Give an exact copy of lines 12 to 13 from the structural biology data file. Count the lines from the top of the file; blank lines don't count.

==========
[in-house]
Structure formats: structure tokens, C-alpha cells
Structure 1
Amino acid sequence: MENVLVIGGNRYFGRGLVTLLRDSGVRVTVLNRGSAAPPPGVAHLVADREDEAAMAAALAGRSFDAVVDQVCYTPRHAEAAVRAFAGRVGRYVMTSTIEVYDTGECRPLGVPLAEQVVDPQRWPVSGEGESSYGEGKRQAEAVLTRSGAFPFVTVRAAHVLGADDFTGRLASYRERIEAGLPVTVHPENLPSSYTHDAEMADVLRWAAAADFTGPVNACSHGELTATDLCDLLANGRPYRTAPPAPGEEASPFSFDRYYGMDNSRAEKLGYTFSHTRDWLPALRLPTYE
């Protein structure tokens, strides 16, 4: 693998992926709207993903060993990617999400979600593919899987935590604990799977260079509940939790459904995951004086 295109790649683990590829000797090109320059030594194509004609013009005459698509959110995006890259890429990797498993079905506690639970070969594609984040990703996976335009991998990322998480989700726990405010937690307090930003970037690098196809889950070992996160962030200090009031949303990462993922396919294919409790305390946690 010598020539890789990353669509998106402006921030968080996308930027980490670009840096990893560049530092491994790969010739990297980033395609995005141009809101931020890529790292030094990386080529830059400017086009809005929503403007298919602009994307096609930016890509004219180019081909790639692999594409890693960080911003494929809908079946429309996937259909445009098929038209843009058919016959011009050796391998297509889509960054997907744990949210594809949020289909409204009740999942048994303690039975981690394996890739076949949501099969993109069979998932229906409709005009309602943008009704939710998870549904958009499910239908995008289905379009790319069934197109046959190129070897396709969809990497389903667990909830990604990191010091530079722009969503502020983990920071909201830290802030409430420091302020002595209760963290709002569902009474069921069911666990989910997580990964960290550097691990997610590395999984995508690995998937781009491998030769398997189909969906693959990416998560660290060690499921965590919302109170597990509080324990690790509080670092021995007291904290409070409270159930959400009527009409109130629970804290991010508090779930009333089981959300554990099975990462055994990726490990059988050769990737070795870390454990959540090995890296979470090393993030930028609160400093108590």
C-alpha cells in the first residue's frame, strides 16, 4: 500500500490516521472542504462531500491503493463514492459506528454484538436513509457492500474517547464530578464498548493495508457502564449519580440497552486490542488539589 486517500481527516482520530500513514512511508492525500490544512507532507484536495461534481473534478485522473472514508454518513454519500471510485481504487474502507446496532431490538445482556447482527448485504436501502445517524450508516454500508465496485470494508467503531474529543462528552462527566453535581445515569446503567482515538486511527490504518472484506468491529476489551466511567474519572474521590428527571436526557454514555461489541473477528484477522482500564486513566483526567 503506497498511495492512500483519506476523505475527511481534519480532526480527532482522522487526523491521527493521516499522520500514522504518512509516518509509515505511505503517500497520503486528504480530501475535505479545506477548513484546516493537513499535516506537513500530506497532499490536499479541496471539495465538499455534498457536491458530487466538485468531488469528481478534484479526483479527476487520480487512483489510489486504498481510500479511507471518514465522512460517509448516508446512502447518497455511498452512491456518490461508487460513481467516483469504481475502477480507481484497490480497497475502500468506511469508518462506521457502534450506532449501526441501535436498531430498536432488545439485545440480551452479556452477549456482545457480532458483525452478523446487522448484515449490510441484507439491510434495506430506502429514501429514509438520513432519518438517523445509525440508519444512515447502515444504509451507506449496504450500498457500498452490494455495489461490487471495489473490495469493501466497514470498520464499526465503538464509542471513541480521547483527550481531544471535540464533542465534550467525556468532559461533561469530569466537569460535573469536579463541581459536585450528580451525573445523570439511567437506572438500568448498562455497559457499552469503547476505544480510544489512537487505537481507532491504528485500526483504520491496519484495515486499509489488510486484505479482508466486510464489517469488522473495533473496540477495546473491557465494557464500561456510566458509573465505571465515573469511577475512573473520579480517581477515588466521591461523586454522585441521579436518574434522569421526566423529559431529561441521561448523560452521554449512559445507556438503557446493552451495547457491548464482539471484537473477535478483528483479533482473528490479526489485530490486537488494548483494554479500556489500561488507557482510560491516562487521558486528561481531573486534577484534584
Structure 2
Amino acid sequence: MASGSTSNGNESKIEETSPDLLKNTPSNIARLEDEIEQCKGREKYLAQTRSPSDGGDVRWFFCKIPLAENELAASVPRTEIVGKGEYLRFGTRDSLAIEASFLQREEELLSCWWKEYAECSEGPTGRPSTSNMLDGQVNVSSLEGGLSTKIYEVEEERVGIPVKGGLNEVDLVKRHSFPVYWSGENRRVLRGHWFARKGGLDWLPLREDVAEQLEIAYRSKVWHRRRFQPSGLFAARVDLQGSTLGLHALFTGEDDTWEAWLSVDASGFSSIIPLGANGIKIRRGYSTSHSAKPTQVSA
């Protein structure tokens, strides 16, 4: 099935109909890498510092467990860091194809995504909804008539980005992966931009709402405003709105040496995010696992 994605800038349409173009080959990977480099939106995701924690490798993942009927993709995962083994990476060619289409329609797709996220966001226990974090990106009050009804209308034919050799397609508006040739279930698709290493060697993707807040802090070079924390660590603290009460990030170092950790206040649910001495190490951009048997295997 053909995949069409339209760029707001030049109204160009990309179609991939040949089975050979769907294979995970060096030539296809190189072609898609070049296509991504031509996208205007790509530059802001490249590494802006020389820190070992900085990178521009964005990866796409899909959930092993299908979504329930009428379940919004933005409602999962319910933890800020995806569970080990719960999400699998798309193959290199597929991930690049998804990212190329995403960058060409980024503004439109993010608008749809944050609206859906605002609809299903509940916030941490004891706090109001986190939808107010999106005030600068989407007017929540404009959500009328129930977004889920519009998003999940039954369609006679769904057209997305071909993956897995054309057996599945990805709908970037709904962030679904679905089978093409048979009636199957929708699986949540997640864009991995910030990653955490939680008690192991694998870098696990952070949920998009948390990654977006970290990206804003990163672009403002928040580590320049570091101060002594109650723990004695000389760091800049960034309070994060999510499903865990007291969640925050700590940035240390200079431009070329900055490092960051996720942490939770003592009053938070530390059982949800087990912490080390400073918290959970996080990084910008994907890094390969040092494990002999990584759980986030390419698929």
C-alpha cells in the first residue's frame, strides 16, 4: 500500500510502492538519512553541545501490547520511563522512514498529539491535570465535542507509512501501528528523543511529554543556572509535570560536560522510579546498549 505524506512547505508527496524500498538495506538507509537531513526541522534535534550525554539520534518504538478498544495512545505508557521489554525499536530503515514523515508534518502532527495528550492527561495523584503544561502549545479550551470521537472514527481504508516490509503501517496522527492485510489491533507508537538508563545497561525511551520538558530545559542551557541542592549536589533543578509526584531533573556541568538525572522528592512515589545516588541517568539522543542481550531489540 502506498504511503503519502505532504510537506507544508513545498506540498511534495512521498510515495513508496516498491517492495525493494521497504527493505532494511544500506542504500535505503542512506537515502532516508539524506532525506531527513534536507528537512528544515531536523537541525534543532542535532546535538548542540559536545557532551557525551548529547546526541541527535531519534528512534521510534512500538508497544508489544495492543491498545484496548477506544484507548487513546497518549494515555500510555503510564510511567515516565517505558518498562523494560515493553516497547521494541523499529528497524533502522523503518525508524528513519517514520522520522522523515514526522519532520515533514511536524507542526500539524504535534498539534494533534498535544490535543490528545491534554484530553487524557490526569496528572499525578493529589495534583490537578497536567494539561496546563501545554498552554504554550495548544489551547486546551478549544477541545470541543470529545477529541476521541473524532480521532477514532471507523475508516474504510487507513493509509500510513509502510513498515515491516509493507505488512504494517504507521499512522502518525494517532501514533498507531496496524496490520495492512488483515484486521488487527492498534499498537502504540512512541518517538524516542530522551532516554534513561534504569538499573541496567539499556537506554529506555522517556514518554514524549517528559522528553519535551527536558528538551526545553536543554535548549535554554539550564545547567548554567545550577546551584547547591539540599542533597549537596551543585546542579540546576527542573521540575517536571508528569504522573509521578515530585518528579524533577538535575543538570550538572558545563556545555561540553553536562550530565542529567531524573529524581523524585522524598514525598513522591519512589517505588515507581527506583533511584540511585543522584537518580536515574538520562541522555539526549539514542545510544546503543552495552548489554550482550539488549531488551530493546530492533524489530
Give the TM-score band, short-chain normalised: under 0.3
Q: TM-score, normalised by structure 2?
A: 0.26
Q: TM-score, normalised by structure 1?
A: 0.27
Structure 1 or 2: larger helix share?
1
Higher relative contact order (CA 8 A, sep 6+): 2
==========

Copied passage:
Q: TM-score, normalised by structure 2?
A: 0.26